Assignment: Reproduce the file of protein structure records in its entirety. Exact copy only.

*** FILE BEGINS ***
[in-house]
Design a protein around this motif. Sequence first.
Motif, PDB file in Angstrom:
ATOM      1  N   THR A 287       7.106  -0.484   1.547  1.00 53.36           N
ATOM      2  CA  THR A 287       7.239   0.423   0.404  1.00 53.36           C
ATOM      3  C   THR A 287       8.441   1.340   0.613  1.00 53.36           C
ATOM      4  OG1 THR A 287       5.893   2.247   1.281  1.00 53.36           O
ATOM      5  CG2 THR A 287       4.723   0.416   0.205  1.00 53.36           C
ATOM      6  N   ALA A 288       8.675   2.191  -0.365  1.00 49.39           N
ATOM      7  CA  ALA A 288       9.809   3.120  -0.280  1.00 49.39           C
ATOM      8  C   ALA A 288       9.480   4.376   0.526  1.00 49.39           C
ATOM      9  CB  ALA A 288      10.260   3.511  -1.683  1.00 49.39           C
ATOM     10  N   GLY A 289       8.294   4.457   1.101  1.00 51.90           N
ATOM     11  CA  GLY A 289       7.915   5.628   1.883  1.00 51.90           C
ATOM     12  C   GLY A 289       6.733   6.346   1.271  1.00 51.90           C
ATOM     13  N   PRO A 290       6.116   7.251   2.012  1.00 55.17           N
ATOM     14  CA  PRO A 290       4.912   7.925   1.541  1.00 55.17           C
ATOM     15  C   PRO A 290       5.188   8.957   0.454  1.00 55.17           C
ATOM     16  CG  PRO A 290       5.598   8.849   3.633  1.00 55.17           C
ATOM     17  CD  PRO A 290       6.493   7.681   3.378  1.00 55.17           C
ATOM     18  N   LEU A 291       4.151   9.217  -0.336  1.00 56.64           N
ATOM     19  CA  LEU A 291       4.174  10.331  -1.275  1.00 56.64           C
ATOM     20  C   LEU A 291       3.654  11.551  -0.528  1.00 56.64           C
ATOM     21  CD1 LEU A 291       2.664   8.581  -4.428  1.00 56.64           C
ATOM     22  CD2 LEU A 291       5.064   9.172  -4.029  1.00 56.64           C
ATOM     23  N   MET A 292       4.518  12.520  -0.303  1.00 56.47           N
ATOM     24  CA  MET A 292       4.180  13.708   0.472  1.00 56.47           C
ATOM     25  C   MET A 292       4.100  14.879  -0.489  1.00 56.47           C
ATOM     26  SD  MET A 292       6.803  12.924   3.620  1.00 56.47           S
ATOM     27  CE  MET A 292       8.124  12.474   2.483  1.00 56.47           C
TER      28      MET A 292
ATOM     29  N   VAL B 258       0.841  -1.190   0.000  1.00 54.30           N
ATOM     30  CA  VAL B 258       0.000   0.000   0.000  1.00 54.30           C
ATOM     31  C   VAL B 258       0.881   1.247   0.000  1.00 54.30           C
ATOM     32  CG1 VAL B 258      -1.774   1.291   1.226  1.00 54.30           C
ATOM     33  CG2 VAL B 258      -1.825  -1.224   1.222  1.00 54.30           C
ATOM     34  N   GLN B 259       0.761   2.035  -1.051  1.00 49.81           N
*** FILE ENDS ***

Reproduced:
[in-house]
Design a protein around this motif. Sequence first.
Motif, PDB file in Angstrom:
ATOM      1  N   THR A 287       7.106  -0.484   1.547  1.00 53.36           N
ATOM      2  CA  THR A 287       7.239   0.423   0.404  1.00 53.36           C
ATOM      3  C   THR A 287       8.441   1.340   0.613  1.00 53.36           C
ATOM      4  OG1 THR A 287       5.893   2.247   1.281  1.00 53.36           O
ATOM      5  CG2 THR A 287       4.723   0.416   0.205  1.00 53.36           C
ATOM      6  N   ALA A 288       8.675   2.191  -0.365  1.00 49.39           N
ATOM      7  CA  ALA A 288       9.809   3.120  -0.280  1.00 49.39           C
ATOM      8  C   ALA A 288       9.480   4.376   0.526  1.00 49.39           C
ATOM      9  CB  ALA A 288      10.260   3.511  -1.683  1.00 49.39           C
ATOM     10  N   GLY A 289       8.294   4.457   1.101  1.00 51.90           N
ATOM     11  CA  GLY A 289       7.915   5.628   1.883  1.00 51.90           C
ATOM     12  C   GLY A 289       6.733   6.346   1.271  1.00 51.90           C
ATOM     13  N   PRO A 290       6.116   7.251   2.012  1.00 55.17           N
ATOM     14  CA  PRO A 290       4.912   7.925   1.541  1.00 55.17           C
ATOM     15  C   PRO A 290       5.188   8.957   0.454  1.00 55.17           C
ATOM     16  CG  PRO A 290       5.598   8.849   3.633  1.00 55.17           C
ATOM     17  CD  PRO A 290       6.493   7.681   3.378  1.00 55.17           C
ATOM     18  N   LEU A 291       4.151   9.217  -0.336  1.00 56.64           N
ATOM     19  CA  LEU A 291       4.174  10.331  -1.275  1.00 56.64           C
ATOM     20  C   LEU A 291       3.654  11.551  -0.528  1.00 56.64           C
ATOM     21  CD1 LEU A 291       2.664   8.581  -4.428  1.00 56.64           C
ATOM     22  CD2 LEU A 291       5.064   9.172  -4.029  1.00 56.64           C
ATOM     23  N   MET A 292       4.518  12.520  -0.303  1.00 56.47           N
ATOM     24  CA  MET A 292       4.180  13.708   0.472  1.00 56.47           C
ATOM     25  C   MET A 292       4.100  14.879  -0.489  1.00 56.47           C
ATOM     26  SD  MET A 292       6.803  12.924   3.620  1.00 56.47           S
ATOM     27  CE  MET A 292       8.124  12.474   2.483  1.00 56.47           C
TER      28      MET A 292
ATOM     29  N   VAL B 258       0.841  -1.190   0.000  1.00 54.30           N
ATOM     30  CA  VAL B 258       0.000   0.000   0.000  1.00 54.30           C
ATOM     31  C   VAL B 258       0.881   1.247   0.000  1.00 54.30           C
ATOM     32  CG1 VAL B 258      -1.774   1.291   1.226  1.00 54.30           C
ATOM     33  CG2 VAL B 258      -1.825  -1.224   1.222  1.00 54.30           C
ATOM     34  N   GLN B 259       0.761   2.035  -1.051  1.00 49.81           N